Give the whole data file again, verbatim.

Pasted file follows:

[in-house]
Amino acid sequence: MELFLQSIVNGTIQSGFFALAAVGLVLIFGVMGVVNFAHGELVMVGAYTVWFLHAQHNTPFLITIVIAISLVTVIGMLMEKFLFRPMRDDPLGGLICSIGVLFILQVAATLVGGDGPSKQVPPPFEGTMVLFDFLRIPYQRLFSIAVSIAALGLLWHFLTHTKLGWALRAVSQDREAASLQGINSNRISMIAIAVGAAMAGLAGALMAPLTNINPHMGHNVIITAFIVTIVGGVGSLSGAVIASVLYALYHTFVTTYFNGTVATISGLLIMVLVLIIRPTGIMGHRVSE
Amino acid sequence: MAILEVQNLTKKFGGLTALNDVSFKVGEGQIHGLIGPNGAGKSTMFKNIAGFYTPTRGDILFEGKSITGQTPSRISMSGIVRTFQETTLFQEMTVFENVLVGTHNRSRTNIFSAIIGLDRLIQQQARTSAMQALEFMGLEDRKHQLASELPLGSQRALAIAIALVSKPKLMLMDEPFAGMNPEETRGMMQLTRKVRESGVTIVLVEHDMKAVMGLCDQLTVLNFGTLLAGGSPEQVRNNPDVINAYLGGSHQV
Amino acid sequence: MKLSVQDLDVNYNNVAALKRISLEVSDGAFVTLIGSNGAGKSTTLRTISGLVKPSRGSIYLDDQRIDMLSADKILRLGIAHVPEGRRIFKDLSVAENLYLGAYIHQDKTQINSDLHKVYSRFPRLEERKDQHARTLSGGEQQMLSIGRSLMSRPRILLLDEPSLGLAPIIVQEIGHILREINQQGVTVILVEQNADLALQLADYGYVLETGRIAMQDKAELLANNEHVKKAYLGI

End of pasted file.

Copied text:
[in-house]
Amino acid sequence: MELFLQSIVNGTIQSGFFALAAVGLVLIFGVMGVVNFAHGELVMVGAYTVWFLHAQHNTPFLITIVIAISLVTVIGMLMEKFLFRPMRDDPLGGLICSIGVLFILQVAATLVGGDGPSKQVPPPFEGTMVLFDFLRIPYQRLFSIAVSIAALGLLWHFLTHTKLGWALRAVSQDREAASLQGINSNRISMIAIAVGAAMAGLAGALMAPLTNINPHMGHNVIITAFIVTIVGGVGSLSGAVIASVLYALYHTFVTTYFNGTVATISGLLIMVLVLIIRPTGIMGHRVSE
Amino acid sequence: MAILEVQNLTKKFGGLTALNDVSFKVGEGQIHGLIGPNGAGKSTMFKNIAGFYTPTRGDILFEGKSITGQTPSRISMSGIVRTFQETTLFQEMTVFENVLVGTHNRSRTNIFSAIIGLDRLIQQQARTSAMQALEFMGLEDRKHQLASELPLGSQRALAIAIALVSKPKLMLMDEPFAGMNPEETRGMMQLTRKVRESGVTIVLVEHDMKAVMGLCDQLTVLNFGTLLAGGSPEQVRNNPDVINAYLGGSHQV
Amino acid sequence: MKLSVQDLDVNYNNVAALKRISLEVSDGAFVTLIGSNGAGKSTTLRTISGLVKPSRGSIYLDDQRIDMLSADKILRLGIAHVPEGRRIFKDLSVAENLYLGAYIHQDKTQINSDLHKVYSRFPRLEERKDQHARTLSGGEQQMLSIGRSLMSRPRILLLDEPSLGLAPIIVQEIGHILREINQQGVTVILVEQNADLALQLADYGYVLETGRIAMQDKAELLANNEHVKKAYLGI